Christopher Orr

A New Era Begins

No, not that one. This one:  

The Orrscars 2008

2008 was an odd year for film, and not a good one. The summer blockbusters were uncharacteristically satisfying, but the end-of-the-year awards season was disappointing. Last year, there was no overlap between my ten top movies and the ten top money makers (sorry, Spidey 3); this year, three of the top five earners (Wall-E, The Dark Knight, and, yes, Iron Man) made my list. By contrast, a number of the recently released awards hopefuls (Milk, Doubt, Frost/Nixon) left me relatively cold. A strange case of cinematic seasonal affective disorder? Readers can judge for themselves.

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It is presumably an unintentional irony that it is more than two hours into The Curious Case of Benjamin Button that star Brad Pitt observes, “I was thinking how nothing lasts.” It is more ironic still that nearly another half-hour passes before co-star Cate Blanchett concurs: “Nothing lasts.” Benjamin Button is stately, gorgeous, intermittently moving, and very, very long.

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Will Smith is testing us. Over the summer, he tried to get America to swallow the idea of a do-gooding p.r. flack (played by Jason Bateman) in Hancock. We did swallow it--and worse--to the tune of $228 million in domestic receipts. With Seven Pounds, Smith goes further, trying to force the idea of a do-gooding IRS agent down our throats.

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There’s a moment in director Ron Howard’s Frost/Nixon, when James Reston Jr. (Sam Rockwell), who has written multiple books about Richard Nixon, sees the disgraced ex-president (Frank Langella) in the flesh for the first time and is taken aback: “He’s taller than I imagined.” Indeed he is. As portrayed by the 6’4” Langella, Richard Nixon is not merely taller than Reston’s imagination, but quite a bit taller than the 5’11” historical record. It’s a physical disparity that might not pose such a problem if the cinematic president did not tower over the actual one in so many other ways as well.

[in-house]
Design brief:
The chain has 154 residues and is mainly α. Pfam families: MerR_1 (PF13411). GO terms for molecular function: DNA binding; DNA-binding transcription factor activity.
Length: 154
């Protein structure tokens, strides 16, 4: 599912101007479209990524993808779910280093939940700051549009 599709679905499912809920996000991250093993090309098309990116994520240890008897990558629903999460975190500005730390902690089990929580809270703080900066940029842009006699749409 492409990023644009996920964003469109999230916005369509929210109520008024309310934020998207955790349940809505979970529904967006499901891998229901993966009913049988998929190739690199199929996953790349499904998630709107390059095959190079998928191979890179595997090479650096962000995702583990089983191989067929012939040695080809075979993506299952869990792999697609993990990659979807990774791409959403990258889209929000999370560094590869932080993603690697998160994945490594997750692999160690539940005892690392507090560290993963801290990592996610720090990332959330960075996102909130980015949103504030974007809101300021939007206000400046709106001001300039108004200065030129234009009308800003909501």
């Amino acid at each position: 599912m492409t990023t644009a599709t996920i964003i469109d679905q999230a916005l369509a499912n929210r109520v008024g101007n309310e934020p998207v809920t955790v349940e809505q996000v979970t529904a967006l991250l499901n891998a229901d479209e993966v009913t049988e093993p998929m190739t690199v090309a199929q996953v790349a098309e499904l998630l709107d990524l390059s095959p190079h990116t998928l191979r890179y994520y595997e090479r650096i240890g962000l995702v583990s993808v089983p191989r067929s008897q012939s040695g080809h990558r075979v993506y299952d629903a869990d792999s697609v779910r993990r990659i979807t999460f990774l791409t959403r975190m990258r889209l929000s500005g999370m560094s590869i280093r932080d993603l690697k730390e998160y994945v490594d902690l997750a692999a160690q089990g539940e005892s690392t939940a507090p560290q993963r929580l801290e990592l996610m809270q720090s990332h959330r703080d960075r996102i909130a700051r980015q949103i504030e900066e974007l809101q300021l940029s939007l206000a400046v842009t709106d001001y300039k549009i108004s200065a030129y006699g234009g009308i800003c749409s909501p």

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“What do you do when you’re not sure?” intones a priest (Philip Seymour Hoffman) to his flock. “That’s the subject of my sermon today.” So begin the epistemological explorations of Doubt, which writer/director John Patrick Shanley has adapted for the screen from his Pulitzer-winning play.

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Gus Van Sant's Milk is not a bad movie. Star Sean Penn eschews his characteristic bluster, offering a powerful yet modest performance as Harvey Milk, the openly gay San Francisco supervisor who was assassinated in 1978. The supporting roles are also sharp, in particular Josh Brolin as Dan White, the disturbed former supervisor who killed Milk and Mayor George Moscone. And Van Sant's direction is generally smooth, if extremely conventional.

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Dear Baz Luhrmann, You have a problem, and the first step toward solving it is recognizing it: Despite your manifest gifts as a filmmaker, you can’t do tragedy. And you need to stop trying. Your 1992 debut, Strictly Ballroom, was an utter delight, a sprightly mélange of comedy and romance, dancing and music, attractive stars and cartoonish (but not irredeemable) villains. Since then, I fear, you’ve gotten badly off-track. We can set aside 1996’s Romeo+Juliet for the moment, because I confess I have never made it through the film despite multiple attempts.

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Are English-speaking directors stupid?

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Bella Swan (Kristen Stewart) is the new kid in town. (To anyone out there mentally cuing up the Eagles: Please stop.) When her mom (Sarah Clarke) decided to uproot from Phoenix and hit the road with her dorky, minor-league ballplayer new husband, Bella did the only sensible thing and opted to move to the tiny hamlet of Forks, Washington, to live with her dad (Billy Burke), the local police chief.

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